Comparing Telehealth Instructional Methods for Language Development Skills of Children with Autism Spectrum Disorder
The current study compares two evidence-based instructional methods for teaching students with Autism Spectrum Disorder (ASD) the skill of tacting. Discrete Trial Teaching (DTT) is an applied behavior analysis technique utilized in various settings for teaching individuals with Autism academic, behavioral, and life skills. Direct Instruction (DI) is a scripted language curriculum that focuses on incorporating behavioral principles while teaching with short, sequenced instructions with an error correction procedure. While DTT has extensive research supporting its use for developing skills in individuals with ASD, DI incorporates similar principles in a cost-effective manner that can be implemented on a wider scale with fewer resources. The present study took place during the Covid-19 pandemic; thus, telehealth was implemented. An alternating treatment single case experimental design was utilized to determine which intervention strategy is more effective for developing language skills. Five students in an urban self-contained setting received DI and DTT interventions via Zoom. Language for Learning was utilized and participants identified nine pictures of buildings. Data was collected through direct observation of participants’ responses and inferential statistics were used to visually inspect the data. Four out of five participants demonstrated greater skill acquisition using Discrete Trial Teaching and one participant demonstrated greater skill acquisition with Direct Instruction. All participants were able to tact the buildings and developed the language skill of tacting, as well as secondary language skills. The current study also substantiates the limited evidence validating telehealth as an effective platform to deliver intervention services to individuals with Autism Spectrum Disorder.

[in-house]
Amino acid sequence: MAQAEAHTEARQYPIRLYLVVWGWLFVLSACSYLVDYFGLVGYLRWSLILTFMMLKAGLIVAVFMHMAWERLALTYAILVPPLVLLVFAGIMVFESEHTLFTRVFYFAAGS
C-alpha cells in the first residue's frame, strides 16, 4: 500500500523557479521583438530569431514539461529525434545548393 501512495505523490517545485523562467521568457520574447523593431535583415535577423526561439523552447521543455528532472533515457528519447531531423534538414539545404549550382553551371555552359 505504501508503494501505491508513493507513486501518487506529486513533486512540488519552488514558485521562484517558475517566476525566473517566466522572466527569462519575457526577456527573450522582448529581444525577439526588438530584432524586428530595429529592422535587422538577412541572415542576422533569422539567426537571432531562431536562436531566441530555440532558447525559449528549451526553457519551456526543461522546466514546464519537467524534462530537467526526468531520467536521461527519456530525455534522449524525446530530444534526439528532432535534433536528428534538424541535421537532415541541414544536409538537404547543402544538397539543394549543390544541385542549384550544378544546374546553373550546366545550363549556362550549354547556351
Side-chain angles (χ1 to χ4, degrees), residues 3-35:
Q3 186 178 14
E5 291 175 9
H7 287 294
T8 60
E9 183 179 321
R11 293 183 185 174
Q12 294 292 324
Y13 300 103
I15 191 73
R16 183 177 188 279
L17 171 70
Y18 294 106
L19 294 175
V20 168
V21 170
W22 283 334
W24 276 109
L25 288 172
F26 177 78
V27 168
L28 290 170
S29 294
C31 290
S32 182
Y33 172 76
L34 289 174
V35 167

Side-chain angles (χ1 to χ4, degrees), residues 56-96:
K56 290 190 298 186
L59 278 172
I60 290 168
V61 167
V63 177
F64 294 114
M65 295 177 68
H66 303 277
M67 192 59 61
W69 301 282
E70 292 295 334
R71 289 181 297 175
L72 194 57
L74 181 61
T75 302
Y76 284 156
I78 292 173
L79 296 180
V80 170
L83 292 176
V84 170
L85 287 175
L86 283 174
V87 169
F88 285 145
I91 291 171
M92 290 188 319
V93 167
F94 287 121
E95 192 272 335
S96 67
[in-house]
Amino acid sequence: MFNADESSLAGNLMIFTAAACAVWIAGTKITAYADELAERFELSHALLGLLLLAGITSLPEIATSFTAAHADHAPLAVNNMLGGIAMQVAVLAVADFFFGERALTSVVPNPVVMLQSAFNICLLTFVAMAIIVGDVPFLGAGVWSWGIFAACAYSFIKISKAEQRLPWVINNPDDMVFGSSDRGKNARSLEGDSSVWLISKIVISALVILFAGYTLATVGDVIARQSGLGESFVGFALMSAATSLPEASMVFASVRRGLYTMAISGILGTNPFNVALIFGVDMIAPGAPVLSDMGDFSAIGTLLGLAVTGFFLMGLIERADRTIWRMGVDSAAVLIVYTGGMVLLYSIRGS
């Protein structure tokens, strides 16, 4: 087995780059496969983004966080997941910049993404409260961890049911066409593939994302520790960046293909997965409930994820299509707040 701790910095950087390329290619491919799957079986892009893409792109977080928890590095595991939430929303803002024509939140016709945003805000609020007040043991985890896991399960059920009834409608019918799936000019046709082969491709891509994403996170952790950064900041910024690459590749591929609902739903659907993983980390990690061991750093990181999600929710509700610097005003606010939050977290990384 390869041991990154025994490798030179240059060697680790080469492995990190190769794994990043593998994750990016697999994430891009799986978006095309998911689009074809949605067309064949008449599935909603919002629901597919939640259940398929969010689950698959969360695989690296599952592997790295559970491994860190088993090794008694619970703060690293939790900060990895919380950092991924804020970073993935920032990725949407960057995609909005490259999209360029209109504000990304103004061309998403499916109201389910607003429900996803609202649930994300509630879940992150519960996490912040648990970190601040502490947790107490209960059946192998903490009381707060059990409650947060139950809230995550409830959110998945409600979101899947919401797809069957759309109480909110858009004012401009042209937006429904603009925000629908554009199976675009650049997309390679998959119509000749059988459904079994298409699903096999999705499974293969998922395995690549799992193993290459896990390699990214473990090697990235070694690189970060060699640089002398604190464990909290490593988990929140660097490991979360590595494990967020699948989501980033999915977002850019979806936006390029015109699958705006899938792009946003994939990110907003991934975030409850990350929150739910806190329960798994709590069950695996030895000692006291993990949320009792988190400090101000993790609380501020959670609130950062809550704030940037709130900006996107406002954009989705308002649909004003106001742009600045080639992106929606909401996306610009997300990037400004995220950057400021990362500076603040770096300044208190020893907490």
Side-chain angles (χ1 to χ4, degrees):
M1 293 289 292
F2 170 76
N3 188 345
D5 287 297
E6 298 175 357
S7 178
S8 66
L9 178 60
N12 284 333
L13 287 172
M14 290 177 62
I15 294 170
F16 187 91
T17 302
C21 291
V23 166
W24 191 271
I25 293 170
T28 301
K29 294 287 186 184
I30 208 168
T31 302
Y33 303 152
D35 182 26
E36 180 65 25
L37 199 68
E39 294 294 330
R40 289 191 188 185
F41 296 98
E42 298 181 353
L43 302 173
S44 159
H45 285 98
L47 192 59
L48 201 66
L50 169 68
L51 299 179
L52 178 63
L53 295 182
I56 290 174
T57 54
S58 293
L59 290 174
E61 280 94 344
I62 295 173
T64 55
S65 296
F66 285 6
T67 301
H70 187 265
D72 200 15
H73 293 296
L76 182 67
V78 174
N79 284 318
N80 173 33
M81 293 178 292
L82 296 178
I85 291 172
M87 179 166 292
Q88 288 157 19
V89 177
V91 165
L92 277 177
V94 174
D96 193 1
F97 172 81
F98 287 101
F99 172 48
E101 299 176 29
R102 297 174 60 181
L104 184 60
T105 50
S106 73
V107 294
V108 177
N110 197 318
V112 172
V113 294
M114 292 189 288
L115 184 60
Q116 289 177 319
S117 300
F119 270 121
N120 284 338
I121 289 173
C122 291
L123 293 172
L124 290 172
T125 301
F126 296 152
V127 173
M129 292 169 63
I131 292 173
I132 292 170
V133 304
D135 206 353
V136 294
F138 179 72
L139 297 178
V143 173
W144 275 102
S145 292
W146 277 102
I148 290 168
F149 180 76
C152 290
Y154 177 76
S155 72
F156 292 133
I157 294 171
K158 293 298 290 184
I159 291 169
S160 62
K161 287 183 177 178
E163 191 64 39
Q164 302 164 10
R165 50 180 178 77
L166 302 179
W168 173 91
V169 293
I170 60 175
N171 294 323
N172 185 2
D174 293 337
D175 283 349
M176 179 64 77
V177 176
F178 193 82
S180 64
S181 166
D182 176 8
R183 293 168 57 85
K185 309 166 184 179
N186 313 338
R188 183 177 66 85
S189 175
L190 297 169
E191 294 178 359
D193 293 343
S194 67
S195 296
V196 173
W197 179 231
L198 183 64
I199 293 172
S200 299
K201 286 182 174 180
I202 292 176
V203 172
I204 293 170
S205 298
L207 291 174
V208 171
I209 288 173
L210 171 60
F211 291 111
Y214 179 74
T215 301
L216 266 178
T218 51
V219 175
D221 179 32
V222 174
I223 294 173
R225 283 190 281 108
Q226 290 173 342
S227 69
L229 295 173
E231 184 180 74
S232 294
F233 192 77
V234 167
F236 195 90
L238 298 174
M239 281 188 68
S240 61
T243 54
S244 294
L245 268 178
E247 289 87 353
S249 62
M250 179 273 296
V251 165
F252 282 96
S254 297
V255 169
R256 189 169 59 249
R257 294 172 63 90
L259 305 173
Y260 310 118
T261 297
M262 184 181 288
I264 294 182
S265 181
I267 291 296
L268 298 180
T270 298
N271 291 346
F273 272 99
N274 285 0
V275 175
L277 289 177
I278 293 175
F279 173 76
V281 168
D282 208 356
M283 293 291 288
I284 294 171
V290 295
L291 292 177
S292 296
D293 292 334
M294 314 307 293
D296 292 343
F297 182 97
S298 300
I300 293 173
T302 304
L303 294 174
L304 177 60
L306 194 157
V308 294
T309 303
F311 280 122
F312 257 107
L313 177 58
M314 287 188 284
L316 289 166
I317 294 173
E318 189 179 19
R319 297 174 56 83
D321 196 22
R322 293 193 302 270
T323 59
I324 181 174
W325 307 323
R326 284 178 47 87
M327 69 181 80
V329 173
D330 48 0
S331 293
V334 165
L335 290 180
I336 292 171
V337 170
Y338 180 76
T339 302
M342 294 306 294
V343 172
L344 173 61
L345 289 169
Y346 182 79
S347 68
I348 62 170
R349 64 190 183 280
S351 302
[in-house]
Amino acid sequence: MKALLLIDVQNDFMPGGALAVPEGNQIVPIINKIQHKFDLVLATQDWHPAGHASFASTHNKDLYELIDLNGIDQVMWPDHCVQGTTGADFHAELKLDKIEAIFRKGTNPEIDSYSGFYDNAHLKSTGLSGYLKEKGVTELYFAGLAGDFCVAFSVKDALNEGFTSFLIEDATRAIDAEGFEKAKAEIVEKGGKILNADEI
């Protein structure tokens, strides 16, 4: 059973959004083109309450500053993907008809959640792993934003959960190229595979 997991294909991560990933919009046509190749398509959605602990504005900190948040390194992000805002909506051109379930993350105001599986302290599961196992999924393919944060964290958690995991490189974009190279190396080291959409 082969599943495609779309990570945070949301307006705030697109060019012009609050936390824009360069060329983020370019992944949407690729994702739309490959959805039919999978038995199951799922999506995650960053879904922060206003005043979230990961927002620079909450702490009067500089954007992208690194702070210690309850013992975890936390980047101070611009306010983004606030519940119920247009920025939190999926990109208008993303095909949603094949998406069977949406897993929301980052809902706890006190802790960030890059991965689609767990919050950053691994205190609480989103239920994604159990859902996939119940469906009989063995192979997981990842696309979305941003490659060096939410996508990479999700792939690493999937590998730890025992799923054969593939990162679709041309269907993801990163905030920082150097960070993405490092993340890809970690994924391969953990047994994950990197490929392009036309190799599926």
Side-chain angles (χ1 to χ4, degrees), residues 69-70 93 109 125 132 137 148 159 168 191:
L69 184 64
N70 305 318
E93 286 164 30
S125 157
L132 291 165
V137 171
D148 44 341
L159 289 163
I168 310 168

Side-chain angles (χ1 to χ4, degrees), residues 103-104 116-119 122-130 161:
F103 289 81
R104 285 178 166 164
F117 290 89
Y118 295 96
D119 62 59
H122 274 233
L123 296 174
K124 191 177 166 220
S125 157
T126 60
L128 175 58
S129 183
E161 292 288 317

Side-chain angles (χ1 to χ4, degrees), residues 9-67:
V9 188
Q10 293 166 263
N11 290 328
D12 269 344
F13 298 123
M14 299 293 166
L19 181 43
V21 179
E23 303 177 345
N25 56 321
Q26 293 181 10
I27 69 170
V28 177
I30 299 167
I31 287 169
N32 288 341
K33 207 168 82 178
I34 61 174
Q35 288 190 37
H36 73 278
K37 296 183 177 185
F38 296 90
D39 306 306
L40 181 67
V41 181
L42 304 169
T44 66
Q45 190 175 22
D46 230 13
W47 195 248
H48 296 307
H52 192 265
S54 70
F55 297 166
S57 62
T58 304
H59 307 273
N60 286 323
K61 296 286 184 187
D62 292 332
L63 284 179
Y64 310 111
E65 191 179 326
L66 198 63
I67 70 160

Crawford, Courtney Jean, "Comparing Telehealth Instructional Methods for Language Development Skills of Children with Autism Spectrum Disorder" (2022). ETD Collection for Fordham University. AAI29170270.